First Trust introduced the first exchange-traded fund to track U.S. initial public offerings last week, but investors should think carefully about when they choose to buy in, according to MarketWatch columnist Mark Hulbert.
The fund, called First Trust IPOX-100 Index fund and launched on the American Stock Exchange last Thursday, picks 100 stocks from the IPOX U.S. Composite Index, which includes IPOs in their first 1,000 days of trading. The Lisle, Ill.-based company's ETF only picks stocks after they have traded for seven business days, in order to avoid the immediate swings new stocks often experience, according to Dan Waldron, First Trust vice president for ETF product development.
Finance academics in the past often considered IPOs bad bets in the long run, according to Hulbert. Not only are they pricey, he points out, but "when measured from more realistic prices that would be available to the individual investor--such as the close of the first day of trading in the after market--the average IPO lags the market for several years after going public," wrote Hulbert.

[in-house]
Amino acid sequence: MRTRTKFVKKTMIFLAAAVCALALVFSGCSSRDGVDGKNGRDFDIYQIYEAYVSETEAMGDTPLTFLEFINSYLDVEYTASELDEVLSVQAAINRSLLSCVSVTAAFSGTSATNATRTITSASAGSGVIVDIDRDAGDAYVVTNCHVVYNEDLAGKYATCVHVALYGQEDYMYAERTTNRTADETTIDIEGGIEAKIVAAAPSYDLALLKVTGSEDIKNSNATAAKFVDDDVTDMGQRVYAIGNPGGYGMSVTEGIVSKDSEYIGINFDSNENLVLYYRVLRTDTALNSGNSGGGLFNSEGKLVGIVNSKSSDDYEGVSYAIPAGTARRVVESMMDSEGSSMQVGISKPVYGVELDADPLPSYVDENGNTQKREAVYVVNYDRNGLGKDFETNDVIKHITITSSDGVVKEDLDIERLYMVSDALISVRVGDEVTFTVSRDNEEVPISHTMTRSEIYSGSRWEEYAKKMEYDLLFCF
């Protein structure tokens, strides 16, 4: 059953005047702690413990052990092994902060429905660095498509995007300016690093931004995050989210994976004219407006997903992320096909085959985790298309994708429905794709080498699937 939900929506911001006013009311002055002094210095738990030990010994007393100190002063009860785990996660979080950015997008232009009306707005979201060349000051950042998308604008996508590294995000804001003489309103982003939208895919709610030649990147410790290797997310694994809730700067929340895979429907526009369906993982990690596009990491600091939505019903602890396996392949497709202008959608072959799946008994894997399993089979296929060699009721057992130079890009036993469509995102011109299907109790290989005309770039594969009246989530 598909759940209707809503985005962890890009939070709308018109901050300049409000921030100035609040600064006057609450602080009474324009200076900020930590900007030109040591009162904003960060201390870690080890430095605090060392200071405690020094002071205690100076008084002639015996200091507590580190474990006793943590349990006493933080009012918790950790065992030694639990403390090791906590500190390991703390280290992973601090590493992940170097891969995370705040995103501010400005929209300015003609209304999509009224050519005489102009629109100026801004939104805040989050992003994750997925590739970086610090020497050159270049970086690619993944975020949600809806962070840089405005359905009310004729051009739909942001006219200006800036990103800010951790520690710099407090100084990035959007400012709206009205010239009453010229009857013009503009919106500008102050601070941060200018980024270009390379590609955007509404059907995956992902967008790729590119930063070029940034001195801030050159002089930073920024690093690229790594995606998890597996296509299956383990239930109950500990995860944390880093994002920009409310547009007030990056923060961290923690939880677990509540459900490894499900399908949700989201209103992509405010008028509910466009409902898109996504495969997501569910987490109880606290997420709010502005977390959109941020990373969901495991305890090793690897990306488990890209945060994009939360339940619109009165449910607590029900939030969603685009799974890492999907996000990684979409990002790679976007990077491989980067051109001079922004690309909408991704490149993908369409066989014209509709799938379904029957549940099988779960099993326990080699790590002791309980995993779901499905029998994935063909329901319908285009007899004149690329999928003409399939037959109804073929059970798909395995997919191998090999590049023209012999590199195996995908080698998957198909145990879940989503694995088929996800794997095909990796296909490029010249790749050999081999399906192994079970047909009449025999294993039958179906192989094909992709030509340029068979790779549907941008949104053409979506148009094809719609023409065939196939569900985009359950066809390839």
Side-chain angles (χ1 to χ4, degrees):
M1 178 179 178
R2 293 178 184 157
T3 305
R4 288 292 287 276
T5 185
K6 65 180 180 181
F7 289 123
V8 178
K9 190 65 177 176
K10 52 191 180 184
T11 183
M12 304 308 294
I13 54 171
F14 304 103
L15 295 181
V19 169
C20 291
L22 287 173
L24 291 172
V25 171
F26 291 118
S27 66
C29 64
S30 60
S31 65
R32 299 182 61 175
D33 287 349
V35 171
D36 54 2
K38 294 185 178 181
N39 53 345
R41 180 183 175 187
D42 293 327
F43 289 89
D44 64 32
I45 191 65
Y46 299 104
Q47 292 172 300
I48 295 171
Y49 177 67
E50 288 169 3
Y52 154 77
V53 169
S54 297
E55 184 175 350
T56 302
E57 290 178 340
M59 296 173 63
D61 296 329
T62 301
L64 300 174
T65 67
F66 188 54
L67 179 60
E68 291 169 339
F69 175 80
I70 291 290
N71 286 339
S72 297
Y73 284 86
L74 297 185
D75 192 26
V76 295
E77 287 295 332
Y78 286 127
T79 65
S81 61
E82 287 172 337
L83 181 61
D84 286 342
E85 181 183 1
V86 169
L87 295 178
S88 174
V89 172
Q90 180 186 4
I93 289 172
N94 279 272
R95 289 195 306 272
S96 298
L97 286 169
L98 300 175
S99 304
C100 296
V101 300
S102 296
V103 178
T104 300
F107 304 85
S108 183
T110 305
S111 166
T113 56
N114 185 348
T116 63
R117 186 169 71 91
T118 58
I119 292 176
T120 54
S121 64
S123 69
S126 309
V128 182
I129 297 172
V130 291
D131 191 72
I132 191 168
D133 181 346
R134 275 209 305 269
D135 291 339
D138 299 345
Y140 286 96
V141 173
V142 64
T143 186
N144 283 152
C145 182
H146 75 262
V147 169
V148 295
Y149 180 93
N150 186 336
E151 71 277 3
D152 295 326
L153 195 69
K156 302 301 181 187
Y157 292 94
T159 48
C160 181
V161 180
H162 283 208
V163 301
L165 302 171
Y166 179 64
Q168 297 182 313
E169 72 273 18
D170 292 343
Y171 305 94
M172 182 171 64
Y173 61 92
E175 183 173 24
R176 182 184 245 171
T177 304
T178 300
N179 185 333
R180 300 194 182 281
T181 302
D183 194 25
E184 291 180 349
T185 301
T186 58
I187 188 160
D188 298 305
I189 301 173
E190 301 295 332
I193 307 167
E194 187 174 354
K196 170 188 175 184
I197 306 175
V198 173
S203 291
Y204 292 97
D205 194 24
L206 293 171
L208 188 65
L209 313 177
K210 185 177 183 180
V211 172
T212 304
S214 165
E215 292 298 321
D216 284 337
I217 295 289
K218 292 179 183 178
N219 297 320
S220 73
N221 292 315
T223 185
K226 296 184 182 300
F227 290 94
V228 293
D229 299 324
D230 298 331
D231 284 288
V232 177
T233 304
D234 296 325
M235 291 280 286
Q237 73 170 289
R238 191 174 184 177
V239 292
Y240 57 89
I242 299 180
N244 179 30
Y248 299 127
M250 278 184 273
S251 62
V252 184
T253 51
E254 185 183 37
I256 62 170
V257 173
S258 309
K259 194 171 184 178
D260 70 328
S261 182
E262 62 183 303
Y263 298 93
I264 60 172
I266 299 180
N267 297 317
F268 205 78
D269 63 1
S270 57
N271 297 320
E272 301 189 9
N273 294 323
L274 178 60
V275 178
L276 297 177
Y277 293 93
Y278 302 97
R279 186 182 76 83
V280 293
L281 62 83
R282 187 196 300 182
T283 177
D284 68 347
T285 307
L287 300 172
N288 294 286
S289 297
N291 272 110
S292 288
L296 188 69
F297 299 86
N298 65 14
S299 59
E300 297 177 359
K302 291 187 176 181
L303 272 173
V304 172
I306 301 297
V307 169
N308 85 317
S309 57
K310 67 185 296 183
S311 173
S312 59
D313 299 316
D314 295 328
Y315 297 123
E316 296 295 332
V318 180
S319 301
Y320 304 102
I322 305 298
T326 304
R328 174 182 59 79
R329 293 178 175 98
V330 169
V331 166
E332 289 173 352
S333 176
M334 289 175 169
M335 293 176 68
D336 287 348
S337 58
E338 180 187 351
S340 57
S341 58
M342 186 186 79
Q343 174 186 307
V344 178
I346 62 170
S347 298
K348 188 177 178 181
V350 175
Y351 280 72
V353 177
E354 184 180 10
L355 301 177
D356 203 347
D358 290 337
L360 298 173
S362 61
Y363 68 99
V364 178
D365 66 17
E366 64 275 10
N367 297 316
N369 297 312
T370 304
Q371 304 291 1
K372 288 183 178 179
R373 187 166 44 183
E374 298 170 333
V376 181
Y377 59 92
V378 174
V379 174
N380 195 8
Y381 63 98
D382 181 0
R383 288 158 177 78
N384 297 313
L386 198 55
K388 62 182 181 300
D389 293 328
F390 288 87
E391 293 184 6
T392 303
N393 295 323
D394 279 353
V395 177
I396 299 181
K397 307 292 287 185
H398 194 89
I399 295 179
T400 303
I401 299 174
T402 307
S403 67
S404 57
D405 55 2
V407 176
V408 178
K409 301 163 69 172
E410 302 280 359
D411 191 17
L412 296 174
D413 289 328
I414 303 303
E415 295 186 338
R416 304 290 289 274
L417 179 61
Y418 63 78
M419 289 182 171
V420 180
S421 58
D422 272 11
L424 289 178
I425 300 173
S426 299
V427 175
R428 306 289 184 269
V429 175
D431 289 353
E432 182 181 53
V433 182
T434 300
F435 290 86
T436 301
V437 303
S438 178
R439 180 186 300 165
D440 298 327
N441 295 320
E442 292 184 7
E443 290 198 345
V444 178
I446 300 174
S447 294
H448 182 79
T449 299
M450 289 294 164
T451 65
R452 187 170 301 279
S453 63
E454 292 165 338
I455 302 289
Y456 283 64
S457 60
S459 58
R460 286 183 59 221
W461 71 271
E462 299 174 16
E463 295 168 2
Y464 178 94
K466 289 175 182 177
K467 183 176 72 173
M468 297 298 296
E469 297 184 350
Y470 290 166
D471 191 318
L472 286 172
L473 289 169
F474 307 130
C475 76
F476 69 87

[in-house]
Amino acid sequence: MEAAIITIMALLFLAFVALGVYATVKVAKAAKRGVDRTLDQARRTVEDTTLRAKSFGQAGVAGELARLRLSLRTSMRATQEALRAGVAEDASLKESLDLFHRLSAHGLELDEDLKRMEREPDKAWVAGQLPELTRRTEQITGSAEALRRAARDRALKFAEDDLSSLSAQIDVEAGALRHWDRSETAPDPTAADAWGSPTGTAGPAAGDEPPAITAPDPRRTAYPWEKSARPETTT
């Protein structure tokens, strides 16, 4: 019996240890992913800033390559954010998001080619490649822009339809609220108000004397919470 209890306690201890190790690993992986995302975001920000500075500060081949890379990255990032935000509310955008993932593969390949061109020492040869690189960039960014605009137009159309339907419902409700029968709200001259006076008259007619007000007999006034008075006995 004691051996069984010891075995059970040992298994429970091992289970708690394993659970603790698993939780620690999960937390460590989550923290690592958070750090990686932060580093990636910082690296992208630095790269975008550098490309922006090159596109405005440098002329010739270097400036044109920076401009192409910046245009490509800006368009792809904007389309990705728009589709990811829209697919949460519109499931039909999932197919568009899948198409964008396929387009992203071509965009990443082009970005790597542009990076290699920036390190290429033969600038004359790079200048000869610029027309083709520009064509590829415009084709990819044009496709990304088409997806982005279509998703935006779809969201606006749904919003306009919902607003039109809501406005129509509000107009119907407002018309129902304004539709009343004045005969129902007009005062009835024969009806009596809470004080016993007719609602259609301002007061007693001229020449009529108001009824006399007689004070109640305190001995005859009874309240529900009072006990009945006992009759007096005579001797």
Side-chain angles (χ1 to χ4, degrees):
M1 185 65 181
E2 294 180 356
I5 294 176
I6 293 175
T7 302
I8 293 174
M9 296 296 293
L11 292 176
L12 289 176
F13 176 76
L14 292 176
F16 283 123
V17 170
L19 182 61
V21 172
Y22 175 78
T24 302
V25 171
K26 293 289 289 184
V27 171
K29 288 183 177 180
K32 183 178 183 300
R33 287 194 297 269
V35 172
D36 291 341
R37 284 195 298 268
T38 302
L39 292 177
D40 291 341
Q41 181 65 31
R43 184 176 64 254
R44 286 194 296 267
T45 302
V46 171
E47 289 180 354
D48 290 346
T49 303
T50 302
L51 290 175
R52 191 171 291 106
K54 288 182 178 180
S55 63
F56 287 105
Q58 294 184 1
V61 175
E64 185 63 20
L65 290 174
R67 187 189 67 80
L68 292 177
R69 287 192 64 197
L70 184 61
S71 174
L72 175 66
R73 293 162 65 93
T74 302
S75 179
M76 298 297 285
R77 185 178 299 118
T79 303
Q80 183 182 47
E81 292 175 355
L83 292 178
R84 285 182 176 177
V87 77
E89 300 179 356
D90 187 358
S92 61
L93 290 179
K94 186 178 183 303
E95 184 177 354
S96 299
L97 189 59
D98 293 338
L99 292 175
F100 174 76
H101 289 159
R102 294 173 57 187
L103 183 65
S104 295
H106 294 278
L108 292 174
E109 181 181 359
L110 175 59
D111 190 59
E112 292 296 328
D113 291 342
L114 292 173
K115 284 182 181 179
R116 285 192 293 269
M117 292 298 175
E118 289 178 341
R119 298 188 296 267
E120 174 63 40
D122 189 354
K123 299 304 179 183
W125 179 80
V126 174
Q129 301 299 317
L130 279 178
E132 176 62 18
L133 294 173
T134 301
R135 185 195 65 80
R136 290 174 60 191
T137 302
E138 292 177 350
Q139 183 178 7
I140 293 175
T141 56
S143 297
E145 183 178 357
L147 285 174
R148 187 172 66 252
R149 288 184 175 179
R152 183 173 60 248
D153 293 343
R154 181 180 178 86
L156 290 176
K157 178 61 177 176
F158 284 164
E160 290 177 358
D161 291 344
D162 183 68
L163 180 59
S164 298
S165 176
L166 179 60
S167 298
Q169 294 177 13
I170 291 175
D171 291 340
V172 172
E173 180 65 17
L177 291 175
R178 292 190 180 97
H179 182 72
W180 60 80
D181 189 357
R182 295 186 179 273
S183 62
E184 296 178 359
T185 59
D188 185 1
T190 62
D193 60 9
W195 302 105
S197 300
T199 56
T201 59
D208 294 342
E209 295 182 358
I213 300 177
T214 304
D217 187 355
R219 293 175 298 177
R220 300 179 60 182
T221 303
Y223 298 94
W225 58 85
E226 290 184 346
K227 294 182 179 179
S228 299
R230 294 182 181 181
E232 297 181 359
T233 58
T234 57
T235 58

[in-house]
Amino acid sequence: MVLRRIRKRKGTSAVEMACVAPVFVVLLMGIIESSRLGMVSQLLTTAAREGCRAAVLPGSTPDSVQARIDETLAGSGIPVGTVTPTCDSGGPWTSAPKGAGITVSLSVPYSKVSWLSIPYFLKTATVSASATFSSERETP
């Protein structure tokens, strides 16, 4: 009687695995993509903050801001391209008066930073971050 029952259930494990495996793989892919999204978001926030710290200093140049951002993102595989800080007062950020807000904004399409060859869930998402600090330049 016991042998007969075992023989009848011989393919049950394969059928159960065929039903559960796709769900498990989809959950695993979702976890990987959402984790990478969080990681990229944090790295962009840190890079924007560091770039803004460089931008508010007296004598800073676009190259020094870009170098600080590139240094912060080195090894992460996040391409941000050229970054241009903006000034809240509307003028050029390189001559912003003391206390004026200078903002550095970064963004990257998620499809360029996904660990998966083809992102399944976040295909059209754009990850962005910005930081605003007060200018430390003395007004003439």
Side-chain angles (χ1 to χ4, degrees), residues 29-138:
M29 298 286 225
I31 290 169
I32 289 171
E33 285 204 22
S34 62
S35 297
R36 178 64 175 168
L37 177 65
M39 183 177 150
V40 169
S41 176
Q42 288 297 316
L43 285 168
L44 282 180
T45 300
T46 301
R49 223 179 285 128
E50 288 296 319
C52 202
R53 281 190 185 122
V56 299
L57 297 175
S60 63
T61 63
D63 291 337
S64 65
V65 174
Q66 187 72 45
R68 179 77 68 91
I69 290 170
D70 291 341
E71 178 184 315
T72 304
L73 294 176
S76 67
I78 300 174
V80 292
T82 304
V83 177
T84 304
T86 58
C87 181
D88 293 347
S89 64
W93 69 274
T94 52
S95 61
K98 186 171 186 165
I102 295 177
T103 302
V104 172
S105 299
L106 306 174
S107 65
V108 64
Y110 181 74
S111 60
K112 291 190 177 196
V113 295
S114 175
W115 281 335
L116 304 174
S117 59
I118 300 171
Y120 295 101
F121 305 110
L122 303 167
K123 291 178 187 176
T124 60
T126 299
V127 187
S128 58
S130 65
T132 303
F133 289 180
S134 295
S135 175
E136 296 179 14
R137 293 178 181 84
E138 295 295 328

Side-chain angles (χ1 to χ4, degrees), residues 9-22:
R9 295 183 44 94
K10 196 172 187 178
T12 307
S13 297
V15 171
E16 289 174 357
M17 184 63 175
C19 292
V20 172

"If this were the state of the debate today, one would have to advise against investing in the First Trust IPOX 100 Index Fund. Its existence would have to be chalked up to a cynical attempt to earn management fees at the expense of a gullible public," he wrote.
But research from Jay Ritter, a finance professor at the University of Florida, indicates IPO success is often related to the company's revenue in the year before going public.
Because IPOs do best when the small-cap growth sector is performing best, Ritter compared the each IPO to established stocks for companies of similar sizes, where the larger IPOs--the type most likely to be in the top 100--beat their established stock counterparts by 10%.
This means that the IPO ETF will be most beneficial to investors in times when the small-cap sector is leading the market, according to Hulbert.
The staff of Money Management Executive ("MME") has prepared these capsule summaries based on reports published by the news sources to which they are attributed. Those news sources are not associated with MME, and have not prepared, sponsored, endorsed, or approved these summaries.